Lexington, Ky.—April 29
The other riders tried to get close to him—him being Germany’s Michael Jung, who won yesterday’s Rolex Kentucky CCI**** dressage with 34.4 penalties—all day.
Marilyn Little and RF Demeter, who went before the lunch break on Day 2, earned 42.5 penalties and closed the gap slightly. But it took the last rider of the day, Allison Springer on Arthur, to get even remotely close with a 39.7.
“There’s always so much emotion, and it’s so wonderful to be here,” Springer said. “I have such a long partnership with that horse. He’s tricky, but it’s…it brings a tear to my eye to just be here and hear the crowd cheering you on.
“I don’t think people realize how difficult it is to get him in the dressage ring,” she continued about the notoriously spooky Arthur, who’s now 17. “But I just love our partnership. I know he was really anxious today, but I felt so much good quality, and I’m really pleased with his effort.”
Allison Springer and Arthur. Photo by Lindsay Berreth.
The score gap still exists though. Jung and “Roxie” will start cross-country tomorrow more than 5 penalties away from their closest challenger. But as Jung reminded everyone at today’s press conference, anything can happen on cross-country day, and he experienced that at least year’s Land Rover Burghley CCI**** (Great Britain) when Roxie slipped and fell in a water complex.
He’s also not giving anything away.
“It’s a very long trip here,” he said with a smile. “I’m not coming here to just have a nice holiday. When I come here, I try to win. But it depends also, every time, on the horse. The horse says to you if he’s ready in the dressage—really concentrated—and you can try your best from the first medium trot. Maybe you have a very good feeling on cross-country, but the weather is not so good, or the horse feels not so good later on course, or maybe he lost a shoe. In the end, it’s very important that you finish the competition with a healthy horse, and then the season can go on.”
The weather report for tomorrow is looking grim, with a 90 percent chance of storms through the day, and the potential boggy footing that heavy rainfall might bring was weighing on the riders as they discussed Derek di Grazia’s 11 minute and 14 second course.
“I’ve walked it three times now,” said Jung. “I’ll do that one more time tonight and once more tomorrow morning. At the moment I definitely have a plan, but I always have, for every fence, two or three plans. You have to know the other options if something happens.”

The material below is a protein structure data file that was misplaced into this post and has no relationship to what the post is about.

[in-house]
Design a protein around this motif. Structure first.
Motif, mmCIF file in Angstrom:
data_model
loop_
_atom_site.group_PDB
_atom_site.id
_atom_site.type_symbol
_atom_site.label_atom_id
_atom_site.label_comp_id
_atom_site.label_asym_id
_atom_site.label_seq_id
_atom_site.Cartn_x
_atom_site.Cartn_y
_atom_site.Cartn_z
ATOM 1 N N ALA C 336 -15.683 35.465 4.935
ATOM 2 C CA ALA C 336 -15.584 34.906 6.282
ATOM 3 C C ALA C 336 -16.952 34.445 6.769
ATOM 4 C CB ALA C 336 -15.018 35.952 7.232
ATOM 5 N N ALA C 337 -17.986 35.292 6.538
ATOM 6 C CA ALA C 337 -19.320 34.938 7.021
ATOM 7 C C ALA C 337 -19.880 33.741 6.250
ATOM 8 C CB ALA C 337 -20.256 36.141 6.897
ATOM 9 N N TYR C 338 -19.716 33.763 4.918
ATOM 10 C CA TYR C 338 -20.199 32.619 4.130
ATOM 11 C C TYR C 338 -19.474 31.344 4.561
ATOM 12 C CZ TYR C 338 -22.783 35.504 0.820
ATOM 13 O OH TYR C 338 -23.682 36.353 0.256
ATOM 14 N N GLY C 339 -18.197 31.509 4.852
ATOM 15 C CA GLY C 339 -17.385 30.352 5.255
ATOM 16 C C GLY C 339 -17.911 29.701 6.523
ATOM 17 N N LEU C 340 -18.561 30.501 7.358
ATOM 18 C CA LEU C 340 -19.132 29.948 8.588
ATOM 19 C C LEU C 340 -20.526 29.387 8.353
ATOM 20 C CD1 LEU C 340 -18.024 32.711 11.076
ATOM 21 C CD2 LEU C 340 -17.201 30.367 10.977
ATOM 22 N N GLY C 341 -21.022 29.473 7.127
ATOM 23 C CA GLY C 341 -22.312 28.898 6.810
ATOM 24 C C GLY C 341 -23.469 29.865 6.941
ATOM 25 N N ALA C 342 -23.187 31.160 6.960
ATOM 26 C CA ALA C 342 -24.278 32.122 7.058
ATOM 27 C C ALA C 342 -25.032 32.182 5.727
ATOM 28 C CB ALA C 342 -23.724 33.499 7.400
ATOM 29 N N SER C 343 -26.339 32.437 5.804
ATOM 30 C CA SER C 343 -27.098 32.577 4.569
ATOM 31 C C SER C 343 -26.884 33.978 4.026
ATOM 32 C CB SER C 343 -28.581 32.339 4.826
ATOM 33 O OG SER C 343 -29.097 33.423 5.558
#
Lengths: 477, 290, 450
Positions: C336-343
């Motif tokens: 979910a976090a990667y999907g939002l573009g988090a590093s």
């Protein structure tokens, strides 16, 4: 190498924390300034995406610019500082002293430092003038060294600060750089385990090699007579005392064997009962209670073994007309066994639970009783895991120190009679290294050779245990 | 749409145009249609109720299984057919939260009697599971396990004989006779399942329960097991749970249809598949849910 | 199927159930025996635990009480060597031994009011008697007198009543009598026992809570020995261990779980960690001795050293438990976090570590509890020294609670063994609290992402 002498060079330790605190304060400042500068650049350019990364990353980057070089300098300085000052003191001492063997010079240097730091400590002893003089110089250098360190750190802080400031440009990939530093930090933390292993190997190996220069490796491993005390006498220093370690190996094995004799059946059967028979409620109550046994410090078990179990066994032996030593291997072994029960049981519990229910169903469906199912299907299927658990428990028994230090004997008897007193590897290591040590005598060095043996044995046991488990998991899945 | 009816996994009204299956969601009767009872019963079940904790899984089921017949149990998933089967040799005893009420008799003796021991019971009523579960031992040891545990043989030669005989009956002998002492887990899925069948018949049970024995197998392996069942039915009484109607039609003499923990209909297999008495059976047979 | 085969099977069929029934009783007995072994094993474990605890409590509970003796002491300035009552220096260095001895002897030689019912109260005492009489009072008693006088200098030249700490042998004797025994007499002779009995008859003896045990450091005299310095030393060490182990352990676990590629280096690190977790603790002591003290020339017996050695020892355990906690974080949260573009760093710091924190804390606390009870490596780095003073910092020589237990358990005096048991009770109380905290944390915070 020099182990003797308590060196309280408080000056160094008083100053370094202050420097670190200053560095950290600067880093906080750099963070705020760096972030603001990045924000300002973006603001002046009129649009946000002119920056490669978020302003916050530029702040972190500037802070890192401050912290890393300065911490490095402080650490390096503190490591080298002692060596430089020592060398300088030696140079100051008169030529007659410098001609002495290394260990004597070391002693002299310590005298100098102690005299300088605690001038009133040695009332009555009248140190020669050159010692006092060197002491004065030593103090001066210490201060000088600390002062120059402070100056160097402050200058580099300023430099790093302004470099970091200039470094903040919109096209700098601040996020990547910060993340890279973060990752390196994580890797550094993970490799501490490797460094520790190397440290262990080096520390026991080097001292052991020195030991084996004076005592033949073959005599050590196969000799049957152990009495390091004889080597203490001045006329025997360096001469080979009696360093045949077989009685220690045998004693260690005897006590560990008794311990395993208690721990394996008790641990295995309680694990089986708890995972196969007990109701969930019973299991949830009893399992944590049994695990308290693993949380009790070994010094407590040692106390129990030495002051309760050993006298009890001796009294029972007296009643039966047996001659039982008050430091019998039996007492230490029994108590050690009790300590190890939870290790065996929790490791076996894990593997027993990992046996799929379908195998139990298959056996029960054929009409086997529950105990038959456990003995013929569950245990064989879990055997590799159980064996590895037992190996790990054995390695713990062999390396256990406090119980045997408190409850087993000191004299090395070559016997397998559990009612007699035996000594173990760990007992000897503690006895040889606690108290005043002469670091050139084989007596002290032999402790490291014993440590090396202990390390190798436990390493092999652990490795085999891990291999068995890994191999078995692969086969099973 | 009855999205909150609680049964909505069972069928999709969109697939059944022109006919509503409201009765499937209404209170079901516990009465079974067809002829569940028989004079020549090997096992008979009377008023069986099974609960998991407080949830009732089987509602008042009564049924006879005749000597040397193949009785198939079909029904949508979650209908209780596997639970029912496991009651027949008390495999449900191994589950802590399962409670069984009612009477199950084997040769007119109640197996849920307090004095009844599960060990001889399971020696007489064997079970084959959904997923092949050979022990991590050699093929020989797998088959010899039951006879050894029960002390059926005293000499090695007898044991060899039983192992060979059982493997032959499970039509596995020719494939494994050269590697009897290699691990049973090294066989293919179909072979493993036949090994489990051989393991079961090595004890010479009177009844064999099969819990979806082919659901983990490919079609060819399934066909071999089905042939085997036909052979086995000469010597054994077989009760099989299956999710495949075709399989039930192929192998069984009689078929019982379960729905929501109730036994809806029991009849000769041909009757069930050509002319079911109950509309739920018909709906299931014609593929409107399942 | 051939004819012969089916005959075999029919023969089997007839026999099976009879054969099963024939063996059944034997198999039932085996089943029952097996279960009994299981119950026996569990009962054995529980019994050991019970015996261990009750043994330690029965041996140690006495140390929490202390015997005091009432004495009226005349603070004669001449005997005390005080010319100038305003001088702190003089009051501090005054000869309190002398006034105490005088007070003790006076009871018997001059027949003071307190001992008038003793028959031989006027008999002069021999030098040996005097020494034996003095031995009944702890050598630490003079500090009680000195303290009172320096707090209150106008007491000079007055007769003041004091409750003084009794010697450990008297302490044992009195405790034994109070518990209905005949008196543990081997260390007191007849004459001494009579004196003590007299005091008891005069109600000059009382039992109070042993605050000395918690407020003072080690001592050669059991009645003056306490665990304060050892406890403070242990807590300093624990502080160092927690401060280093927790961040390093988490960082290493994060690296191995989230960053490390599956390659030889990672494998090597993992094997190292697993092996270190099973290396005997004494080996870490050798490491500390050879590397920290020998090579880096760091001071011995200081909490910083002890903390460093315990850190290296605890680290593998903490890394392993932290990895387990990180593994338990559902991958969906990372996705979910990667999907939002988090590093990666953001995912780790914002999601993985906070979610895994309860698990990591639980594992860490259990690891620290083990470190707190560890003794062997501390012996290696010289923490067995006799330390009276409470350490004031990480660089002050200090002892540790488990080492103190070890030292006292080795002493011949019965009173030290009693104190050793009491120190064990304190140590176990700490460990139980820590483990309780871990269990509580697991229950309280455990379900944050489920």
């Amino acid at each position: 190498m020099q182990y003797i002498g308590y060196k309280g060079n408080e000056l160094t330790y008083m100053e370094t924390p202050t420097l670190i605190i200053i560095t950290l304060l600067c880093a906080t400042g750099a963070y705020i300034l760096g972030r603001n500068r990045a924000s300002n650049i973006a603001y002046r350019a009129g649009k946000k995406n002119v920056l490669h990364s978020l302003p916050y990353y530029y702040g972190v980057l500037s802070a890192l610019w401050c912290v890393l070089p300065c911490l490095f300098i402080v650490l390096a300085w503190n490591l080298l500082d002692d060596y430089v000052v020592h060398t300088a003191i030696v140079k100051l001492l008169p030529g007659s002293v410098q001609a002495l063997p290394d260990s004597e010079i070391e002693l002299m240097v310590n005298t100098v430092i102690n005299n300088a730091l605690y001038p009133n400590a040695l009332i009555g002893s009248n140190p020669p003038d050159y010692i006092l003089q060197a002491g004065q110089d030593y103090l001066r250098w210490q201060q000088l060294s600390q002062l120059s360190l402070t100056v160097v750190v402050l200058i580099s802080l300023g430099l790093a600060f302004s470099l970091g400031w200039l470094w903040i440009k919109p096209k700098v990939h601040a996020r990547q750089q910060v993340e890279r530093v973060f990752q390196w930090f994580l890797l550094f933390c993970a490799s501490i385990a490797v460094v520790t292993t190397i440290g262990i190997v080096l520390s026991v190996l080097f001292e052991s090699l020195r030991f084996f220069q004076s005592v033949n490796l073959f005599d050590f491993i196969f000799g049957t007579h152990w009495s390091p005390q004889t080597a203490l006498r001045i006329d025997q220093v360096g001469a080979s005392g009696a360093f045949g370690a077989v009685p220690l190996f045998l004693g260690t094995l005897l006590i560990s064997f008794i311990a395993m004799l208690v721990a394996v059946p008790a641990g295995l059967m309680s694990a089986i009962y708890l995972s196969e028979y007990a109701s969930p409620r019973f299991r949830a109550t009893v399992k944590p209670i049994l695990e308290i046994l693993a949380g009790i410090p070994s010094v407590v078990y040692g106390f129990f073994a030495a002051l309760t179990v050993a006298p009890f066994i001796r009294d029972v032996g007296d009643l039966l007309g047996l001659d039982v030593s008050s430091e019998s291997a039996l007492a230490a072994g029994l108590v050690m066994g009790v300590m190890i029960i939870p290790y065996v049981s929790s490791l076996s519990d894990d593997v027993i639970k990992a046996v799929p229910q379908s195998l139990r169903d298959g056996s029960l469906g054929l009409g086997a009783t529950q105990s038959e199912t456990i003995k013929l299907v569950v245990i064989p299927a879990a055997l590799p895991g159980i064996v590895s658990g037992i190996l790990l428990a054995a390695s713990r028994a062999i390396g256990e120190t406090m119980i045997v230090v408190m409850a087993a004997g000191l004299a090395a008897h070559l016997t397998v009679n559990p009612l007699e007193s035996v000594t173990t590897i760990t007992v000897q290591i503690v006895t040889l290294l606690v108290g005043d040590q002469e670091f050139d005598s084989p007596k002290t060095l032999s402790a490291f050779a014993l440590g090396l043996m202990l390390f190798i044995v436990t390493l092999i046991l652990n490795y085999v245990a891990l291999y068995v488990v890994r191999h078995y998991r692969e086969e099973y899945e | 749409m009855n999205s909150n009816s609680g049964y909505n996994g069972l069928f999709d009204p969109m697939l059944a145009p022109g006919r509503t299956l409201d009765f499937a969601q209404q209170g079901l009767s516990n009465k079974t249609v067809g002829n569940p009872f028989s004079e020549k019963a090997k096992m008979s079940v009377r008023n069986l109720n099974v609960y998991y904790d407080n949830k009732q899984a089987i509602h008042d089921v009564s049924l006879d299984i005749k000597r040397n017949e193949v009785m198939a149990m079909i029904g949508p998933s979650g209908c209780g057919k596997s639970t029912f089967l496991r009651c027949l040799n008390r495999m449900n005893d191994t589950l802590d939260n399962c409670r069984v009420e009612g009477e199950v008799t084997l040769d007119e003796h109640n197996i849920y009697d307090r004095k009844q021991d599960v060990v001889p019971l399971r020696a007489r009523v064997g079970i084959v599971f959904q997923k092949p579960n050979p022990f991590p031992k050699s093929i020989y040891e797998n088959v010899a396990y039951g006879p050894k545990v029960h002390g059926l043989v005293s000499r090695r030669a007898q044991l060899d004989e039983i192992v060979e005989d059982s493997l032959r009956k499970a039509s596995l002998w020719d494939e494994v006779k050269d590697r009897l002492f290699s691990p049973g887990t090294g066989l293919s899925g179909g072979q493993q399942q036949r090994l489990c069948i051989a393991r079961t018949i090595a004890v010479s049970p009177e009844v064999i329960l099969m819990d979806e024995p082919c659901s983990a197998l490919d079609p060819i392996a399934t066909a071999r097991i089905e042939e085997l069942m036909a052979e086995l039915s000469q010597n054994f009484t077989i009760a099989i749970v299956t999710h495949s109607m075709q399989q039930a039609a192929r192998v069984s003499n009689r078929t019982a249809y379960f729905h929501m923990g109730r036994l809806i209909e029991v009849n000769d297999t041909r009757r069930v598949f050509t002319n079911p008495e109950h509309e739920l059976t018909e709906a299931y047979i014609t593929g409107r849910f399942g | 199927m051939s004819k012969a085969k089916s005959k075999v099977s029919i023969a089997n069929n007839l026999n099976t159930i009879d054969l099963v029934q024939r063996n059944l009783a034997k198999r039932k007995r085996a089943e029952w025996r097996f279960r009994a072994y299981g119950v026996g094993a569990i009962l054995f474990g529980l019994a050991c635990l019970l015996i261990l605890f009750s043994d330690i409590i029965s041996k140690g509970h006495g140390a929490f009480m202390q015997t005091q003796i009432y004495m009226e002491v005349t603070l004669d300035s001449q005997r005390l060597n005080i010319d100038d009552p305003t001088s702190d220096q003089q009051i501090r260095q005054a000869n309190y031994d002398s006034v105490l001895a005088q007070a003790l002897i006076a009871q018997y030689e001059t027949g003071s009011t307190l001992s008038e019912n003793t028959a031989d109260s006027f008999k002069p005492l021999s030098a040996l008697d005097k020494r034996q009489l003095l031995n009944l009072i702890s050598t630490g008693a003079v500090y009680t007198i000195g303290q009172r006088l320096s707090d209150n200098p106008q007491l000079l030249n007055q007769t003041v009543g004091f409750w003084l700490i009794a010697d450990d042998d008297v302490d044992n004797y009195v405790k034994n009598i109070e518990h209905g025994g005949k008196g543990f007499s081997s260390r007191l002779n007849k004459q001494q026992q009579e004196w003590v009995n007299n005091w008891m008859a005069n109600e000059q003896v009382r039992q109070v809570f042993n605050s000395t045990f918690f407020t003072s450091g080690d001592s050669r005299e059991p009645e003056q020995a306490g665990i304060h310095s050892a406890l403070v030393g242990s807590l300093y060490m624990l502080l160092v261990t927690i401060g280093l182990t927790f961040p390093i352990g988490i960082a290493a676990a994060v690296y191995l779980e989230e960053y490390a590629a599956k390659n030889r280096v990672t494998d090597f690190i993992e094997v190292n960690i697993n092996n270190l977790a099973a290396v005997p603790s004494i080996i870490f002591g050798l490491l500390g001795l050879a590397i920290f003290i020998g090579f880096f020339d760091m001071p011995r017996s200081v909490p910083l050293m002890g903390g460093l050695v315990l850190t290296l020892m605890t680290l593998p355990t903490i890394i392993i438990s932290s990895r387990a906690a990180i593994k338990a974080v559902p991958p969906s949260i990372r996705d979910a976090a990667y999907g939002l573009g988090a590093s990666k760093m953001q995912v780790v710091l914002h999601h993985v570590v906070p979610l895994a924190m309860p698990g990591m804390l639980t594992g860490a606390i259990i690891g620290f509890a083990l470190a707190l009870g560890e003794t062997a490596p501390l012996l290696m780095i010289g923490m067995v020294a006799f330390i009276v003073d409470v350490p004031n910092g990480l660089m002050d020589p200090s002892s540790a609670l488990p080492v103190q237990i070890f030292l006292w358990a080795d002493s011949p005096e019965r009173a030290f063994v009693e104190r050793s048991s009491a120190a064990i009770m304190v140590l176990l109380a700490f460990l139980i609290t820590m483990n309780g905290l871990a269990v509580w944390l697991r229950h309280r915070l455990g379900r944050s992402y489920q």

This position—way up the leaderboard—is familiar for Springer and Arthur. They won the Rolex dressage in 2014 and in 2012, and they won the first day of dressage in 2011 and placed second in the phase in 2010. But cross-country day doesn’t always go the pair’s way. Last year and in 2013 and 2010 they picked up a stop and some time, and they were eliminated on course in 2011. But in 2012 they finished second, and Springer is hoping for at least a repeat of that experience.
“I think this is the most tiring track I’ve seen at Rolex,” she said. “They changed it last year, and this year again is a little different. We had this nice long downhill through the tents and by the steeplechase hill, and they could catch their breath and kind of catch up on time there. There’s nowhere to make time at the end now. You have to be smart in your turns and quick away from the fences.
“My horse is 17 now, and he’s very fit and hasn’t had to miss a canter this year, but he had a very light season and hasn’t done a CCI in a couple of years,” she added. “I hope he remembers and will go the distance for me.”
Marilyn Little and RF Demeter. Photo by Lindsay Berreth.
The 42.5 penalties that Little earned with “Demi” was the pair’s best score at the four-star level. They’ll start tomorrow’s phase in third, not far in front of Liz Halliday-Sharp on Fernhill By Night (43.0).
“I’ve had tests where there were more moments of brilliance with a few mistakes,” she said. “This was one of her more relaxed tests, and I was pleased to see that. She’s been wonderful all week. She wants to be a reliable horse in dressage, and I’d like to be able to carry that relaxation into future tests and also bring back a little sparkle I felt before.”